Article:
Symptoms of bad or worn anti-roll bar links and other signs of broken links

Anti-Roll Bar: Problems, Symptoms

Underrated and overlooked, most articles on modern suspension systems place little emphasis on the importance of the anti-roll bar. This simple component has a large impact on your vehicle’s handling performance and stability when taking turns or making swift manoeuvres. If the bar is broken, you may notice a difference in the car’s steering and cornering may become more difficult. This could particularly pose a risk when driving at high speeds, which is why it’s important to keep a check on your anti-roll bar and get the car suspension system serviced regularly. 

What does an anti-roll bar do?

What does an anti-roll bar do?

The main purpose of the anti-roll bar, also known as the anti-sway bar or stabilizer bar, is to prevent excessive body roll when the car turns into a corner. As it starts to turn, its weight naturally shifts to the outside of the corner, causing the vehicle to lean or “roll” to the side. If the car body rolls too much, it can negatively impact the wheel alignment and result in reduced traction. The anti-roll component connects both sides of the suspension on an axle, keeping the car body flat by shifting force from one side to the other and thus reducing body roll. Moreover, it is designed to achieve this without significantly affecting the stiffness of the suspension springs.

In its simplest form, the component is a U-shaped steel bar connected to the suspension system by bushings and stabiliser links. Designs can vary in terms of shape and solidity. High-performance vehicles may also include an active anti-roll bar system. This is where a motor or hydraulic actuators adjust the torsion on either side of the bar automatically and in real time.

Common problems and causes

  • !  Wear and tear:  Although the stabilising bar is often made to last as long as the car itself, it is not uncommon for the links and rubber bushings to wear and deteriorate or corrode over time. As a result, the part becomes loose and less effective. These parts are generally less durable and may even  need to be replaced as soon as the  60,000 mile mark.
  • Common problems and causes
  • !  Overdoing it:  It can be assumed that the thicker or stiffer the bar is, the more weight it can take and the higher its capacity to minimise body roll. Increasing the diameter or stiffness of the bar will also increase or decrease understeer or oversteer depending on the type of drivetrain and whether it is located on the front or rear side of the vehicle. Anti-roll bar tuning has to be done with mathematical precision and there is always a risk of overdoing it. When the suspension is too stiff, the tyres may lose grip, bumps in the road will feel rougher, and there may be a decrease in overall vehicle stability.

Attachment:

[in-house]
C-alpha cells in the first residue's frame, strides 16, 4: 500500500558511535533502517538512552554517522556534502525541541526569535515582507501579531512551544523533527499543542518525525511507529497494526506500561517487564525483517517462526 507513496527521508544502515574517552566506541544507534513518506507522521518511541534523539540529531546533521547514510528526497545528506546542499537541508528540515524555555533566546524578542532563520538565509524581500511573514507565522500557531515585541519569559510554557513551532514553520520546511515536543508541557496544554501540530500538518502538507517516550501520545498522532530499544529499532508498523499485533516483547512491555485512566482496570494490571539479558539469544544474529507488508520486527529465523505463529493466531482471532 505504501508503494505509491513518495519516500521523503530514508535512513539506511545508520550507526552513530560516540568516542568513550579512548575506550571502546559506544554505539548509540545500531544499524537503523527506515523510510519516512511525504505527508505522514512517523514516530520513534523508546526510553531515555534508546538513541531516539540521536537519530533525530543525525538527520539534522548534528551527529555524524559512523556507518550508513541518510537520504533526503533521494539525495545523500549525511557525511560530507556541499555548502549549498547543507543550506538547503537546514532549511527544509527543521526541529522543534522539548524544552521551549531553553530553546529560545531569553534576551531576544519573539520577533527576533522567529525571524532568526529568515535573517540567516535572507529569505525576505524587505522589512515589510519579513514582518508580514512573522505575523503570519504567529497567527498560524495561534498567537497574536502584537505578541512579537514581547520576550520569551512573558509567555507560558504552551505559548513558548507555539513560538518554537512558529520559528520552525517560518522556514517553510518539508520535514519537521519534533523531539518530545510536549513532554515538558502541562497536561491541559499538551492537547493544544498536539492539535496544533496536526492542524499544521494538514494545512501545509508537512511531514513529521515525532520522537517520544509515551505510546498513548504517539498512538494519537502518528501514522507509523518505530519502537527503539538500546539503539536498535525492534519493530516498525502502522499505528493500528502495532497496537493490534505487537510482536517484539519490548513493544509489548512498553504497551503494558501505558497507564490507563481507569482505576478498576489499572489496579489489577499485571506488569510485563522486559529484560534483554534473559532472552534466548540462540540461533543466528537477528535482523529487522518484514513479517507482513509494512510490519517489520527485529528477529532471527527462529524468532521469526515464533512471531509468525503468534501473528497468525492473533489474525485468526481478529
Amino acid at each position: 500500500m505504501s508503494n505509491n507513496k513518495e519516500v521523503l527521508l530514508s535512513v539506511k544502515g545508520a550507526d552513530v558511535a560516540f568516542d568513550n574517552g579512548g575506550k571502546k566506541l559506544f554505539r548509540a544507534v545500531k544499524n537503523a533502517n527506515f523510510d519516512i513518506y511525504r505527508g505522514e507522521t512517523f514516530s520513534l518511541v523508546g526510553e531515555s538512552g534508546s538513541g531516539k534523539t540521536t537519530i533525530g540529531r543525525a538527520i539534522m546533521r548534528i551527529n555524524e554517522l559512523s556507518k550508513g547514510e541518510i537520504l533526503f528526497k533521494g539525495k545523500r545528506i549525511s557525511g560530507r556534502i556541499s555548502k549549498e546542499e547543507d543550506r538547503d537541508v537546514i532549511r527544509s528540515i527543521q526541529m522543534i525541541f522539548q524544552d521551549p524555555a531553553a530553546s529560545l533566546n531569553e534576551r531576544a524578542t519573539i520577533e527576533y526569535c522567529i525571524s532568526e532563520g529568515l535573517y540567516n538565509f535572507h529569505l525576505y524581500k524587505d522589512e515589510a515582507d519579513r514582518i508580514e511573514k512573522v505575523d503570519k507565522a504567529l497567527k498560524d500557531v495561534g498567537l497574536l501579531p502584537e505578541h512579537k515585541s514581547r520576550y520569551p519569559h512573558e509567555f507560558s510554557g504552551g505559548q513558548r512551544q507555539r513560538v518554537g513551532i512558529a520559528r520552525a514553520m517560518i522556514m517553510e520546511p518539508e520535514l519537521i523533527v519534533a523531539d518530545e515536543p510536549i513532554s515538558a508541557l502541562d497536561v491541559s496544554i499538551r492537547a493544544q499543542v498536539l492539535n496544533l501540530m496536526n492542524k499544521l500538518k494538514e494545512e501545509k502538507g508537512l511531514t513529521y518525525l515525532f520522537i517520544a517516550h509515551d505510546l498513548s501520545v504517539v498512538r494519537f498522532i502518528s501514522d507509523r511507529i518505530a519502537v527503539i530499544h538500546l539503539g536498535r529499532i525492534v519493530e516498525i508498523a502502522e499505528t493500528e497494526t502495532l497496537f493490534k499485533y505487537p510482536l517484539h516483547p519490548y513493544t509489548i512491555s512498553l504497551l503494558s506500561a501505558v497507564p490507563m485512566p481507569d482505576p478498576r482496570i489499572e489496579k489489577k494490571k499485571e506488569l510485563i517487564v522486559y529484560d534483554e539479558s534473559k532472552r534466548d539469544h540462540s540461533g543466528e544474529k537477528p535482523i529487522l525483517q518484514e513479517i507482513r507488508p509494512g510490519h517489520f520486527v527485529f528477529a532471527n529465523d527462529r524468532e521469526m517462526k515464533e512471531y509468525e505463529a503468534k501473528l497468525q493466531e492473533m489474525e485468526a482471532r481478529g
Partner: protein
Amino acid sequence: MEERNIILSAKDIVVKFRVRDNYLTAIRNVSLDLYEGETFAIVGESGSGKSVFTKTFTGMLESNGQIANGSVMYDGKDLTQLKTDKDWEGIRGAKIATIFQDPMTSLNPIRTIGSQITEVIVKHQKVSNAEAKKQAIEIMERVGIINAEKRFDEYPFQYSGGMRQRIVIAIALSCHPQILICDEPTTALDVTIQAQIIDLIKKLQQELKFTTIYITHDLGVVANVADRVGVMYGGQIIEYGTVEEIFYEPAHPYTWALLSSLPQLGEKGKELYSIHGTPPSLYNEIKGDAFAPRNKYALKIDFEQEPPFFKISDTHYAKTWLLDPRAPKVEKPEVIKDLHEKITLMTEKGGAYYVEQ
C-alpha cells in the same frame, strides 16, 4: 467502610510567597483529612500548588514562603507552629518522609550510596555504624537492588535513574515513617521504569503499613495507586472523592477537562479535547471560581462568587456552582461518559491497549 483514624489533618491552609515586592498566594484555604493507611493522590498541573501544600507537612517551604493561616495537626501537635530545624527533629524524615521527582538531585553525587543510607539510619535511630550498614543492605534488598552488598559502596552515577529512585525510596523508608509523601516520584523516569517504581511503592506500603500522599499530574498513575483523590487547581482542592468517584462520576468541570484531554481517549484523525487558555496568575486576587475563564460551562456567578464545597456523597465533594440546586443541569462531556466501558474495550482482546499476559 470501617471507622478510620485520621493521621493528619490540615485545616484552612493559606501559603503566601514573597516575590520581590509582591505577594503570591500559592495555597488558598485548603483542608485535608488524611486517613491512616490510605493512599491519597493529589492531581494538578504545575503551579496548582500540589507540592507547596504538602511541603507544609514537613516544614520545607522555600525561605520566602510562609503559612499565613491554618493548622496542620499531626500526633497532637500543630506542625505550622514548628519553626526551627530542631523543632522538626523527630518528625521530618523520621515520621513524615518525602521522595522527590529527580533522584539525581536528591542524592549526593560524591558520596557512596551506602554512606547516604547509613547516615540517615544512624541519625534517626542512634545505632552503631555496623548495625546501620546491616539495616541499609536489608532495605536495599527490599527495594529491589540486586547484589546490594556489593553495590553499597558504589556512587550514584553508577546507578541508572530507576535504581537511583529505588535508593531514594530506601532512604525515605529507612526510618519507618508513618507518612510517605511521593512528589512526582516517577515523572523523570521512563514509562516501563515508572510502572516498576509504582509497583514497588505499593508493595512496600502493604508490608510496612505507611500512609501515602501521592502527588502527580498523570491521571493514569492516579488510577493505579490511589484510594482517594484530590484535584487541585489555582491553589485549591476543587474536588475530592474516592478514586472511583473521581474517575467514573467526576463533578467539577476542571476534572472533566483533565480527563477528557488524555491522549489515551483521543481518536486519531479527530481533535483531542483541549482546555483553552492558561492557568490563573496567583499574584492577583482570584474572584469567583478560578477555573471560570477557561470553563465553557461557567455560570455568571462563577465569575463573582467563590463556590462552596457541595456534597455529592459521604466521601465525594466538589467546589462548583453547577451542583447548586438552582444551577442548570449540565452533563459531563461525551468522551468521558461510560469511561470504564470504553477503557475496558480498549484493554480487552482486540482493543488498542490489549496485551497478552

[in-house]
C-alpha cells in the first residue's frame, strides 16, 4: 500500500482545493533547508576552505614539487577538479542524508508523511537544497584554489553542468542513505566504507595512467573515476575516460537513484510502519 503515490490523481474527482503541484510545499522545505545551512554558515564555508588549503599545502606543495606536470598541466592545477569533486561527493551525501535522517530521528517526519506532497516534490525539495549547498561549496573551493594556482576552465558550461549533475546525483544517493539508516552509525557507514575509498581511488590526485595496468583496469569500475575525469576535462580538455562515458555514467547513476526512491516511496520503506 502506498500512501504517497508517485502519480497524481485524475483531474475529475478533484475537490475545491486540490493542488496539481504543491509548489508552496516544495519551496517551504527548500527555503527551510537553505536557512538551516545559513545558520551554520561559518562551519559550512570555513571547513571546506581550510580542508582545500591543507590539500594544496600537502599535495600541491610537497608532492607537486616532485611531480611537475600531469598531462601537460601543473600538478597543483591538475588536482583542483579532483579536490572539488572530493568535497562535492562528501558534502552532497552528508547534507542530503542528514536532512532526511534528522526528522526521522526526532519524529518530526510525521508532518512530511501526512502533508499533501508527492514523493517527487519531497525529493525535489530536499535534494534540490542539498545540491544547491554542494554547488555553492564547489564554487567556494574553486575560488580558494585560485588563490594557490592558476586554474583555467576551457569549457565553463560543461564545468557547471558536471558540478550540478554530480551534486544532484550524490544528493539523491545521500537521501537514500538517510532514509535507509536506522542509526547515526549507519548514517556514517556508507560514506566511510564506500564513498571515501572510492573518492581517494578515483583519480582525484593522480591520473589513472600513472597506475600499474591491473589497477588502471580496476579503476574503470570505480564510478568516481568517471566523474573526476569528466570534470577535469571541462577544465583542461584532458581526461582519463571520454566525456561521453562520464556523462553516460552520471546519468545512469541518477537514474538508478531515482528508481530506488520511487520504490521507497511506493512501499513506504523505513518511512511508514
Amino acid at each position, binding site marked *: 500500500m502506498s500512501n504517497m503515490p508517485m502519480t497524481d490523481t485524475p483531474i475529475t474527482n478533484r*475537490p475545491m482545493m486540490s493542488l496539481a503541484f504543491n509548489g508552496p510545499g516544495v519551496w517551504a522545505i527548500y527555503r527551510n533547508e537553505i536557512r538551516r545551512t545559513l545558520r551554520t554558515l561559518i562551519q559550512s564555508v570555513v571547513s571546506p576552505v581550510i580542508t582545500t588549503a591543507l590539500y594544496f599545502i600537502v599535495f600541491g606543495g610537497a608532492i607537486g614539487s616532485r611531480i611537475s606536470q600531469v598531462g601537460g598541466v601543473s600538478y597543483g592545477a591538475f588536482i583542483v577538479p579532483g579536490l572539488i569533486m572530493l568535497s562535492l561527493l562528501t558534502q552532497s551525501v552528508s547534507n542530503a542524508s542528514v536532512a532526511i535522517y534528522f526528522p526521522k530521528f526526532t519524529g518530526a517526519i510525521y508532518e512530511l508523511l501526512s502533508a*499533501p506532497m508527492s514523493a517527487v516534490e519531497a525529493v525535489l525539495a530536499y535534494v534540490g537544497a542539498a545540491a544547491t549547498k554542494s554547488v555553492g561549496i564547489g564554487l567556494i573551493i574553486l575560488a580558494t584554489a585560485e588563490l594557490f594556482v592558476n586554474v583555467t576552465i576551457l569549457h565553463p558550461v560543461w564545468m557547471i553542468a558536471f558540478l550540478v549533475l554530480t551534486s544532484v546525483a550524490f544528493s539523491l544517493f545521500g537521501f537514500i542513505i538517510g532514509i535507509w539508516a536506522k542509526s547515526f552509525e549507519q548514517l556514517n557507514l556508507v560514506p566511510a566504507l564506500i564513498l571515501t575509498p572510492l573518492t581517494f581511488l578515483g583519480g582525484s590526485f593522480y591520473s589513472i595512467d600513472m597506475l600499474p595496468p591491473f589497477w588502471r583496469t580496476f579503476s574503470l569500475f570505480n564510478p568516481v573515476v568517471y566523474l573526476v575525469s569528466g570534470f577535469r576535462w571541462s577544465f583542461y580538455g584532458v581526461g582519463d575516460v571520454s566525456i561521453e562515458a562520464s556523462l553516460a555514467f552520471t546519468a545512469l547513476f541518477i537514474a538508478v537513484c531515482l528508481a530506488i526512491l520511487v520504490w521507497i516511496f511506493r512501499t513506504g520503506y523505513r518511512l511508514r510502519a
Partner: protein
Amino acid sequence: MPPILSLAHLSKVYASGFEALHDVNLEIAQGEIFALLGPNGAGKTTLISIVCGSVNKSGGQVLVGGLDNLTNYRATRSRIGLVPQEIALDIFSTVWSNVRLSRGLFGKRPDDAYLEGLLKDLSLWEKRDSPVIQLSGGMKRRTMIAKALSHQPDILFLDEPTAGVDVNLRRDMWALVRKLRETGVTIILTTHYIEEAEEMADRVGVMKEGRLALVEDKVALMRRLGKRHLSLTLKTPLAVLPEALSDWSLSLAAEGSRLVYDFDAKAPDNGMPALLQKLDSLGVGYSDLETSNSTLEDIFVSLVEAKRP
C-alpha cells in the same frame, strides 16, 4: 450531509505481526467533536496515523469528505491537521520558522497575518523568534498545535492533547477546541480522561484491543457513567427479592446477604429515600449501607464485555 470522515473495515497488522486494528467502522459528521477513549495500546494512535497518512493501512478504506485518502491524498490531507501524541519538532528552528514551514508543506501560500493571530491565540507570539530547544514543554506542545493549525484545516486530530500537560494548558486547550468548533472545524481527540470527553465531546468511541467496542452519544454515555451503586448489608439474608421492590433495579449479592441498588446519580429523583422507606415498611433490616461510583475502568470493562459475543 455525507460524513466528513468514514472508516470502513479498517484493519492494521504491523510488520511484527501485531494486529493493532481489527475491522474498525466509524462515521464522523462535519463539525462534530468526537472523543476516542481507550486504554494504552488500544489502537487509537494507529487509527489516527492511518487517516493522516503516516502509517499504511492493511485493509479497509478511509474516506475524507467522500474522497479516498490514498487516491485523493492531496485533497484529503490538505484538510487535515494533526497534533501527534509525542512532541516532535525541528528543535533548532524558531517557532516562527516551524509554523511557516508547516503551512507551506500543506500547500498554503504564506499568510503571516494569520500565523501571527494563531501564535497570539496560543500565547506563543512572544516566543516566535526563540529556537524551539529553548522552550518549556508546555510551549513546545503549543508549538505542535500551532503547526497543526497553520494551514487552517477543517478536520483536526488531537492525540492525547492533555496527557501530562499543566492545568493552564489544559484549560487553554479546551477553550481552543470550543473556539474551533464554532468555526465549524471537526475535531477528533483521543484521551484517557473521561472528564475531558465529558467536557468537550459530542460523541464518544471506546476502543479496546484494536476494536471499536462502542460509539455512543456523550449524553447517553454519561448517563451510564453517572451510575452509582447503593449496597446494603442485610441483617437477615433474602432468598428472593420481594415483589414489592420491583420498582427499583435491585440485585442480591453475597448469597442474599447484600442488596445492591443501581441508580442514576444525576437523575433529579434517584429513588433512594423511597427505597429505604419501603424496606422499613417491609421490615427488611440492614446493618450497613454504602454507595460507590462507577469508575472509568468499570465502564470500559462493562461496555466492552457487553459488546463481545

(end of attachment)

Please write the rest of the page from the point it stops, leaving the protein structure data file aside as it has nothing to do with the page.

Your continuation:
Symptoms of a bad anti-roll bar link or bushing

  • i A clunking or rattling noise. If you start to hear a clunking, rattling or scraping sound coming from near your tyres when you’re driving, the culprit may be a broken link or bushing. For example, when a stabiliser link breaks, the bar is no longer firmly attached and can knock against other parts of the vehicle. This may be more noticeable when going around corners and bends. 
  • i Poor handling or loose steering. Stabiliser links are also attached to the lower control arm, having a direct impact on steering and handling as they deteriorate. When the stabilising bar isn’t connected to the body structure properly, it can’t counteract body roll effectively, and the vehicle may swerve or sway from side to side. The driver may have noticeably less control over the direction of the car when steering. 
  • i Visible wear. Lastly, wear is one of the easiest signs to spot when conducting a visual inspection of the suspension components. You may notice that the bushings have hardened and cracked, and the parts may look slightly deformed when they are worn down. These damaged parts will need to be replaced promptly.

Would a bad anti-roll bar affect my MOT?

Defective bushing and links or a loose anti-roll bar, among other suspension problems, could cause you to fail your MOT due to the safety risks posed. Although it is still possible to drive with a faulty anti-roll bar, the safest thing to do is to replace or repair the parts as soon as you can to avoid an accident or a costly MOT failure.

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